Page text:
The most infamous of books written by jailbirds is almost certainly Mein Kampf, Hitler’s torrent of crackpot history and racist nonsense, written whilst he languished in jail after the failed Munich putsch of 1923. It has recently emerged from copyright and was republished in an annotated scholarly edition a week or two ago.
But there’s a respectable tradition too, including John Bunyan’s late 17th century spiritual allegory, The Pilgrim’s Progress, begun in Bedfordshire County Prison. Other literary luminaries of the prison cell include Cervantes, Oscar Wilde Nelson Mandela, e e cummings, Jean Genet, and Martin Luther King.
Perhaps in the hope of contributing to this tradition (though not, I trust, in the vein of Mein Kampf) the Romanian legal system allowed, under a law passed in 2006, a reduction of 30 days from a prisoner’s sentence for each academic book written and published whilst in jail.
The incentive worked. Some 300 books were published by prisoners last year, one of them, a 213-page work, written in under seven hours.
Sadly, Justice Minister Raluca Pruna recently announced that the law would be annulled by emergency decree.
“According to prison administration figures, the number of books published by detainees went from one a year between 2007 and 2010, to 90 in 2014, and 340 last year,” Ms Pruna told a news conference.
“Given that the phenomenon has spiralled out of control, I have proposed that the government repeal this arrangement via emergency decree,” she added.
Romania’s jails have recently been filled with the great, the good, and the rich, as a result of a large-scale drive against corruption, and whilst there is much that these prisoners might write about, and they certainly have time on their hands, it is widely suspected that some of their works may not be entirely their own. Romania’s anti-corruption prosecutors are investigating.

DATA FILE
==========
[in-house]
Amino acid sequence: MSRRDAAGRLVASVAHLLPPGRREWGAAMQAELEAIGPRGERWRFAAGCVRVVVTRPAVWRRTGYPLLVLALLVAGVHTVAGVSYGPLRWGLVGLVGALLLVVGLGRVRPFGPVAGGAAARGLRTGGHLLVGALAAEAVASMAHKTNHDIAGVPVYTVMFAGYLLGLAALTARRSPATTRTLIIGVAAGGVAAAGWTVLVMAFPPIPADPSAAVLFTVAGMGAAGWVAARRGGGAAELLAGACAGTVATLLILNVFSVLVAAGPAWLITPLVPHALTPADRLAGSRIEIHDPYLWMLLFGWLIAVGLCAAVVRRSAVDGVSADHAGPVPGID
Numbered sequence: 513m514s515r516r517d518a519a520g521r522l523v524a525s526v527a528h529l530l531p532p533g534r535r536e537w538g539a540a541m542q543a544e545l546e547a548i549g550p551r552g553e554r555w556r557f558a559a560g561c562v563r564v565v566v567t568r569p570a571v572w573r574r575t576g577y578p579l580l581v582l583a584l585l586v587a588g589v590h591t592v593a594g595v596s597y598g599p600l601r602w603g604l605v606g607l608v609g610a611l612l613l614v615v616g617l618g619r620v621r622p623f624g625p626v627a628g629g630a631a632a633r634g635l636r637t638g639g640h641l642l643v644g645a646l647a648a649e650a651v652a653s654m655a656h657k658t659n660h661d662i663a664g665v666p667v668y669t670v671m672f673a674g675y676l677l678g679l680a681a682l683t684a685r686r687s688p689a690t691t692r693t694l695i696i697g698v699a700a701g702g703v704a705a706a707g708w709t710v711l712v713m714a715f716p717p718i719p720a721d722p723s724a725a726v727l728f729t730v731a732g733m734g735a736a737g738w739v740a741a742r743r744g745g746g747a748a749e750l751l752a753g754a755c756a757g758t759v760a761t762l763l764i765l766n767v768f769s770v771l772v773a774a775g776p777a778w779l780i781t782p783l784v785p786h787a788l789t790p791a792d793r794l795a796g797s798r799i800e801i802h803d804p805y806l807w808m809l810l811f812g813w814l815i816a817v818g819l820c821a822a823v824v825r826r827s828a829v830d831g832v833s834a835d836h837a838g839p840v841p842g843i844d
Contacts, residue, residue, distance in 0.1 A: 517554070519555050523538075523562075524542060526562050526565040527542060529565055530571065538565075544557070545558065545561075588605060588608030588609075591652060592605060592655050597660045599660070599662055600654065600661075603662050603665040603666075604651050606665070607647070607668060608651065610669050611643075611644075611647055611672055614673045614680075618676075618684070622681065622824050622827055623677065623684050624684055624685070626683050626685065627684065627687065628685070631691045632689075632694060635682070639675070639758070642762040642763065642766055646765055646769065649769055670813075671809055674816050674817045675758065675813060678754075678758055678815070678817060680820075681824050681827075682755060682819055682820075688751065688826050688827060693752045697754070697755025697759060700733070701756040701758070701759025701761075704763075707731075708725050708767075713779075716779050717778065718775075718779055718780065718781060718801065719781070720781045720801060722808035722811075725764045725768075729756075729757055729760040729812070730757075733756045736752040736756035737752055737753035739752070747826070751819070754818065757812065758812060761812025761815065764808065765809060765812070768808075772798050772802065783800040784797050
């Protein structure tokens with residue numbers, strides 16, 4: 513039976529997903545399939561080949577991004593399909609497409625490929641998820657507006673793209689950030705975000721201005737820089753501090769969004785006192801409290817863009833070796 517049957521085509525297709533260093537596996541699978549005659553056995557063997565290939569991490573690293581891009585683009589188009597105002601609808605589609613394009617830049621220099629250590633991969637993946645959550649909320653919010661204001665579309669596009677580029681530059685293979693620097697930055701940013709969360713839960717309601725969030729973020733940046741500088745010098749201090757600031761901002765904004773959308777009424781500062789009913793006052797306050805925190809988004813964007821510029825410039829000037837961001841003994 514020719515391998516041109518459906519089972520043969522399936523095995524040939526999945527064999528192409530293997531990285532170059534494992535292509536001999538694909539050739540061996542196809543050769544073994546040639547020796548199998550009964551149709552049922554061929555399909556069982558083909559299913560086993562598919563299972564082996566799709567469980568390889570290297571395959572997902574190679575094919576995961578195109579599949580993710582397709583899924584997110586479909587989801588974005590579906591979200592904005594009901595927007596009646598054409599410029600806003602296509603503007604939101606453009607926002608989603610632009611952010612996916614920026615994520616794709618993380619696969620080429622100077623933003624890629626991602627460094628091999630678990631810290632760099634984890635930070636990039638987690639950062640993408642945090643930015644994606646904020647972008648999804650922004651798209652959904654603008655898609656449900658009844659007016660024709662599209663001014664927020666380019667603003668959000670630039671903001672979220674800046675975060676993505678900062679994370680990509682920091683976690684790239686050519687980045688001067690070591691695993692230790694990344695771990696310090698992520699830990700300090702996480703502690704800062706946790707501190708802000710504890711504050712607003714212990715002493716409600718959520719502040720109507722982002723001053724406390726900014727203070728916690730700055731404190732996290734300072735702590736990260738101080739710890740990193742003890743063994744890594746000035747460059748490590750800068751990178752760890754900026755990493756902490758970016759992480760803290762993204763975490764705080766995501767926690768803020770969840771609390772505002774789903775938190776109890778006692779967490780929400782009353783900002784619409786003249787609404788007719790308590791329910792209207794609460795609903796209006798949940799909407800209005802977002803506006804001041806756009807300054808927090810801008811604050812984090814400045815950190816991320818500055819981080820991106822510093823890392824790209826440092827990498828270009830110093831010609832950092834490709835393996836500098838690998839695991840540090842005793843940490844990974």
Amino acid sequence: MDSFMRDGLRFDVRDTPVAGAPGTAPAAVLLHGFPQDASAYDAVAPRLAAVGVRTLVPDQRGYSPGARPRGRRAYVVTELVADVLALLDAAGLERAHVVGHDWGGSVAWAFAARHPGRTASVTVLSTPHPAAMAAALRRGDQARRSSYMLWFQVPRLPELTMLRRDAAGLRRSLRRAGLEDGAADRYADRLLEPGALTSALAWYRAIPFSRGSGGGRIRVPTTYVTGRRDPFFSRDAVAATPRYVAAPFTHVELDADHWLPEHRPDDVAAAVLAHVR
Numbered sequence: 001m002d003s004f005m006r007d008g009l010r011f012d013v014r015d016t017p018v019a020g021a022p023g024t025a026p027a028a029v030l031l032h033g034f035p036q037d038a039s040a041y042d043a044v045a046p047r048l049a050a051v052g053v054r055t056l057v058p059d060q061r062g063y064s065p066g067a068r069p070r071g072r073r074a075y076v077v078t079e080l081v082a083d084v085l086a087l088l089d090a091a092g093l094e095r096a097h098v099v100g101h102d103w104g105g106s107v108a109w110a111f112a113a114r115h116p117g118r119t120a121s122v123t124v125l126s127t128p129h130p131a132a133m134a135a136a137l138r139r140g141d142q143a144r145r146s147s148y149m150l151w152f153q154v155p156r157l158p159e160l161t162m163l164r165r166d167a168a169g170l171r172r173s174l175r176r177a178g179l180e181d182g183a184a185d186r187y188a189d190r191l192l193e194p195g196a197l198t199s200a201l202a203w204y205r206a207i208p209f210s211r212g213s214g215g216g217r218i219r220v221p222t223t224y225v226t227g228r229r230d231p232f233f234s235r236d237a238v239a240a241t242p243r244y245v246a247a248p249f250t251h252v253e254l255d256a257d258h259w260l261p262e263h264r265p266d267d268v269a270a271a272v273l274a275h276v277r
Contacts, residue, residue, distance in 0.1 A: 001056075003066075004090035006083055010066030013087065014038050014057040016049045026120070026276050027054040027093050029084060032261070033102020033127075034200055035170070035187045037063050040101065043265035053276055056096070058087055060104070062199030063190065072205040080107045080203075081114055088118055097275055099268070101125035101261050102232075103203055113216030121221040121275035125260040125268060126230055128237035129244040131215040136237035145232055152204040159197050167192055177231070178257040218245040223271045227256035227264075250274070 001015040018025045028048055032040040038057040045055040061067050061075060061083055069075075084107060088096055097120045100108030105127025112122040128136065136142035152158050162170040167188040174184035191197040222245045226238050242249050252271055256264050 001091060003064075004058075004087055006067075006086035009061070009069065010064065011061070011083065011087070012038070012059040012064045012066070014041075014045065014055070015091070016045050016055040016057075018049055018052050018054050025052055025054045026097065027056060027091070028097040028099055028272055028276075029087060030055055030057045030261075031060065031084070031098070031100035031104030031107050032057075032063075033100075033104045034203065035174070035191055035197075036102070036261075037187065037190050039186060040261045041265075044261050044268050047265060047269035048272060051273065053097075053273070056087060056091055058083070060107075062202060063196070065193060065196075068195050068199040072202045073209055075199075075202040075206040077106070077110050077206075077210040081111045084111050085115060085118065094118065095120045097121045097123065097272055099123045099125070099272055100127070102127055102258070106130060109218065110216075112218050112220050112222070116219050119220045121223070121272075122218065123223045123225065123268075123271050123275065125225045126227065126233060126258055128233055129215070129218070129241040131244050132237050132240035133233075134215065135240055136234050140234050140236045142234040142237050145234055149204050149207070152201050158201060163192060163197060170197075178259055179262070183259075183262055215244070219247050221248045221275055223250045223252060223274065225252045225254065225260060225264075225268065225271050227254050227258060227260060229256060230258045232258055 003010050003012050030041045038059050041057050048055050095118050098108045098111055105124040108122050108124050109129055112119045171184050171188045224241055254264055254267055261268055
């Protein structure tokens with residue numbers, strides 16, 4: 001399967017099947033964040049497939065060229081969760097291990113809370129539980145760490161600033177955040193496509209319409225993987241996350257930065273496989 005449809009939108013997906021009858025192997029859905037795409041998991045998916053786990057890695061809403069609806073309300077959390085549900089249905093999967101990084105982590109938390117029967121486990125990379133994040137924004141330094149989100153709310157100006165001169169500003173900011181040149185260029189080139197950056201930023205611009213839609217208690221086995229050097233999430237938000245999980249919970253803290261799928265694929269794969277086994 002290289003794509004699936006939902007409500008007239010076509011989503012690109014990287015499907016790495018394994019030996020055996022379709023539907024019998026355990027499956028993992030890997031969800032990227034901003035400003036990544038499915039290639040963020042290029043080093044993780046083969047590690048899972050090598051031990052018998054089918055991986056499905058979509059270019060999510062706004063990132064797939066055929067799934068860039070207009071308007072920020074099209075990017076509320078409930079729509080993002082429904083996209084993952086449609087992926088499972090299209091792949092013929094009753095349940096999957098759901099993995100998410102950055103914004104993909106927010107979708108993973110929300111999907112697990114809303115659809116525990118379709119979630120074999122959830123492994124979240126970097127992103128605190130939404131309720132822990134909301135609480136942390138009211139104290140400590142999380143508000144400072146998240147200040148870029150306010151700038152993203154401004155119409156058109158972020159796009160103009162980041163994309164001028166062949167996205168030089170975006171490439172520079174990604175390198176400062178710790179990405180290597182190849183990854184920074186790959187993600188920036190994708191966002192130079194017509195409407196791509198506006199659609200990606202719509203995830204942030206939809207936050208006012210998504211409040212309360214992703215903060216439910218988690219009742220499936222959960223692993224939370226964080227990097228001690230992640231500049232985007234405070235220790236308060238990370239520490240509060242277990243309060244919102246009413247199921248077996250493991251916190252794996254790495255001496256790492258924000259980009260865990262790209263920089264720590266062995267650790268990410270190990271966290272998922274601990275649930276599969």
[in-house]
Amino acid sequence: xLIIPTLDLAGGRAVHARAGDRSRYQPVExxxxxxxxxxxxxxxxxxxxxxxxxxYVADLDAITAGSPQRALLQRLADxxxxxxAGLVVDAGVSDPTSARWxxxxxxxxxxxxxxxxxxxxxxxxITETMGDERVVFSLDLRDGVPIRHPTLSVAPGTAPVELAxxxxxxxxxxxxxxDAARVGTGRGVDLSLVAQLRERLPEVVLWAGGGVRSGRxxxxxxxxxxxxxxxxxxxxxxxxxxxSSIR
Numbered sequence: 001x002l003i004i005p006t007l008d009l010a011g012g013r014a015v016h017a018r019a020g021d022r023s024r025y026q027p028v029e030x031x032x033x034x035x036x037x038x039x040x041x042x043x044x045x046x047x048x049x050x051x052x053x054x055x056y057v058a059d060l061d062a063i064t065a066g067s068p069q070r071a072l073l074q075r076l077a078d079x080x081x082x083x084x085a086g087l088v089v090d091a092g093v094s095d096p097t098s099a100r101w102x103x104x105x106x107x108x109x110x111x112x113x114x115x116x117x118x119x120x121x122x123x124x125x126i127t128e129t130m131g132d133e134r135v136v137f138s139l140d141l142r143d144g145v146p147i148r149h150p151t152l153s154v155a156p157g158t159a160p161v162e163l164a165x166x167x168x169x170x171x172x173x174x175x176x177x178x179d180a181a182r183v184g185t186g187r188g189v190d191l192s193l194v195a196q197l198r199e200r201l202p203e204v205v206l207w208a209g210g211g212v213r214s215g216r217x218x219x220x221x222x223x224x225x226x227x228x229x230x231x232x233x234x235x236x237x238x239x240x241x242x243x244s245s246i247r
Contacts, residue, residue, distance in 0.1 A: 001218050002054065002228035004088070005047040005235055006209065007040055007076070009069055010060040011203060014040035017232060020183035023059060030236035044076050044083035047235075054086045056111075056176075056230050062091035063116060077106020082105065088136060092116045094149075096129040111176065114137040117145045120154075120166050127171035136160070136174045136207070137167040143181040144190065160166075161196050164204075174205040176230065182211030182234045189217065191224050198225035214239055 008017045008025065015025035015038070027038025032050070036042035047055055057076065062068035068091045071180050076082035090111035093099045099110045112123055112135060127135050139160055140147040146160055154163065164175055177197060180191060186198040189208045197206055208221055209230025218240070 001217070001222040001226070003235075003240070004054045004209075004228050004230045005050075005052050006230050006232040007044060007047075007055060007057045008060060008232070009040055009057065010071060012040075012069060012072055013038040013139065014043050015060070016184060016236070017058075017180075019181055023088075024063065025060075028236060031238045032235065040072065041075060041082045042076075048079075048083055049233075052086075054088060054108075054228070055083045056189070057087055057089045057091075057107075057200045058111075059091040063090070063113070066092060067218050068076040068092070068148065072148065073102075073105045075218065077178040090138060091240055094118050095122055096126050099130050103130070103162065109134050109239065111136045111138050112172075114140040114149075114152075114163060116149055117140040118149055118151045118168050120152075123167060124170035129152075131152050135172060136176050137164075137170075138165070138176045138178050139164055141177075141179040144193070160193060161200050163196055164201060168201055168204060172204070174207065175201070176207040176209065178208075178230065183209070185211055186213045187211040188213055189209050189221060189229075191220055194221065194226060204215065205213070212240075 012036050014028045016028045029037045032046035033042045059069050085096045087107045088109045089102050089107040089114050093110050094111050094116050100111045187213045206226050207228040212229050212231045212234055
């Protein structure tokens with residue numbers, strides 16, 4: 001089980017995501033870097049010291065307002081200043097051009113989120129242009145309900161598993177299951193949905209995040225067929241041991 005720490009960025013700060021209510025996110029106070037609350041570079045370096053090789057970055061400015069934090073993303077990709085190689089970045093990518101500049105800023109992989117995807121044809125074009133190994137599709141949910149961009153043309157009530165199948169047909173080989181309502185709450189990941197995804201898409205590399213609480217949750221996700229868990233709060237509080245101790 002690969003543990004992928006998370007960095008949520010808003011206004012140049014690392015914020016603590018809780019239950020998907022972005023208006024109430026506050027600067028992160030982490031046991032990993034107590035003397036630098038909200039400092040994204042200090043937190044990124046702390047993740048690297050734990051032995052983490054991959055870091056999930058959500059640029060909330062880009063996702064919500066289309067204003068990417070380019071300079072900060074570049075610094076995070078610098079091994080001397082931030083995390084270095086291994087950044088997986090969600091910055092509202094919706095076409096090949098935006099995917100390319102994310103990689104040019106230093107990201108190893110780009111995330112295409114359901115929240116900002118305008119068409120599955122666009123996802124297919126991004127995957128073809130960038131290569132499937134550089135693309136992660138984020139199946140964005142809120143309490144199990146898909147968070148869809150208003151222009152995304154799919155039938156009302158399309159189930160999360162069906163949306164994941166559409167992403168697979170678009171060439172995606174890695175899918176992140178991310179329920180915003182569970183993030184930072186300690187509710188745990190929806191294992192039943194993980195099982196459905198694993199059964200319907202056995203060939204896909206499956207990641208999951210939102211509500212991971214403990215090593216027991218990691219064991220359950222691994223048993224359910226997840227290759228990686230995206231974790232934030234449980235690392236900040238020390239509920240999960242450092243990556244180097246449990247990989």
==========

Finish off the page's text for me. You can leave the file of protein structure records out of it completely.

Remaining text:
Businessmen Dan Voiculescu and Dinel Staicu top the list of literary prisoners with ten books each. Voiculescu’s record is especially impressive, given that his sentence only began in August 2014.
Another jailbird on the list is businessman Gheorghe Copos, who was sentenced to four years incarceration. According to The Guardian, Copos was accused of plagiarism for a book entitled Matrimonial Alliances as a Policy of Romanian Kings in the XIV-XVIth Centuries, a subject in which he had shown no previous expertise. Catalin Parfene, a journalist who wrote a thesis on this subject for his master’s degree at the University of Bucharest, told The Guardian that the book had a structure identical to his own work, and repeated his arguments and ideas. Nevertheless, Copos was released from jail, and will presumably devote the rest of his life to further historical research.
Sadly, if this enlightened law is repealed by decree, Victor Ponta, Romania’s former prime minister, to whom a prison cell might yet one day be allocated, must set aside his academic ambitions and the chance to atone for plundering others’ texts for his doctoral thesis.
You are nothing in Romania unless you have an academic treatise to your name. Even Elena Ceausescu, the largely uneducated wife of the Communist dictator who ruled the country until 1989, had the time to pen a work on polymer chemistry. It didn’t save her, though, from getting shot with her husband after a travesty of a trial on Christmas Day 1989.